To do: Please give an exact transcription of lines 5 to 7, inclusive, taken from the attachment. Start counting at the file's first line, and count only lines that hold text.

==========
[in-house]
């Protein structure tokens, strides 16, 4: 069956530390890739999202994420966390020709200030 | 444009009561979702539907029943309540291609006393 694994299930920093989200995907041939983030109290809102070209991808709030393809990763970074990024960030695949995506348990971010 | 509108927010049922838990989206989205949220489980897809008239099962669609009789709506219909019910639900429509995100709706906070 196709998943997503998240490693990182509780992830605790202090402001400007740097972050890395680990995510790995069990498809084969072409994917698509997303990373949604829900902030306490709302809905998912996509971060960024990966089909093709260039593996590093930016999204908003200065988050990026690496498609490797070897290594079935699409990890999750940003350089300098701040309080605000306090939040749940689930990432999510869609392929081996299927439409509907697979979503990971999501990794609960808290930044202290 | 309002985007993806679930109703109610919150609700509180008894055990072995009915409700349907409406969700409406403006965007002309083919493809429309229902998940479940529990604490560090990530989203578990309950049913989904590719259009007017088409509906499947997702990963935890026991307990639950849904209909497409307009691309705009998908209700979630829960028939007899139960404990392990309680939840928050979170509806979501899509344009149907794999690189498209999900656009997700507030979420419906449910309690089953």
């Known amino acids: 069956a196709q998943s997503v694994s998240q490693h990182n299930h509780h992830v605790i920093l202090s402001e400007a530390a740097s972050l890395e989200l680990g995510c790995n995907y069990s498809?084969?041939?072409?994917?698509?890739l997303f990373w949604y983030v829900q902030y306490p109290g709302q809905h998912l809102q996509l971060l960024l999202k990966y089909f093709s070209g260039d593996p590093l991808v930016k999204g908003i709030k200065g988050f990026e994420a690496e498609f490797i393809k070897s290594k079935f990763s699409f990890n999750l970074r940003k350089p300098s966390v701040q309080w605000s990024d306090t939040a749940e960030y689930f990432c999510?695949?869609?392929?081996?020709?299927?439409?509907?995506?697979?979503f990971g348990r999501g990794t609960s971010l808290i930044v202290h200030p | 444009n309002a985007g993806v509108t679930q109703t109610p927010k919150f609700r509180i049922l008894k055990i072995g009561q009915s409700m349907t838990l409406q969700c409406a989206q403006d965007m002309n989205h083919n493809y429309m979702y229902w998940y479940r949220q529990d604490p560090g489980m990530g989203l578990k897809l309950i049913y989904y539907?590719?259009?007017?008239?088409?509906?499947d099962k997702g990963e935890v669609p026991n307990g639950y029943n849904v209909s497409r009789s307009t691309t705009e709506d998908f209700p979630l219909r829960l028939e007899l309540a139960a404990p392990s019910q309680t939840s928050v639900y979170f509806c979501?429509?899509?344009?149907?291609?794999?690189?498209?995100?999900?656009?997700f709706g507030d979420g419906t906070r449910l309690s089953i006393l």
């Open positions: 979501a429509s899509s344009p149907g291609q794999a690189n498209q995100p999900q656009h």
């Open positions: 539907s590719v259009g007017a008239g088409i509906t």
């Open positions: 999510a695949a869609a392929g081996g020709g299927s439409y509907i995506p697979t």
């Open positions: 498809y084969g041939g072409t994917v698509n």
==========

């Open positions: 539907s590719v259009g007017a008239g088409i509906t």
């Open positions: 999510a695949a869609a392929g081996g020709g299927s439409y509907i995506p697979t």
């Open positions: 498809y084969g041939g072409t994917v698509n």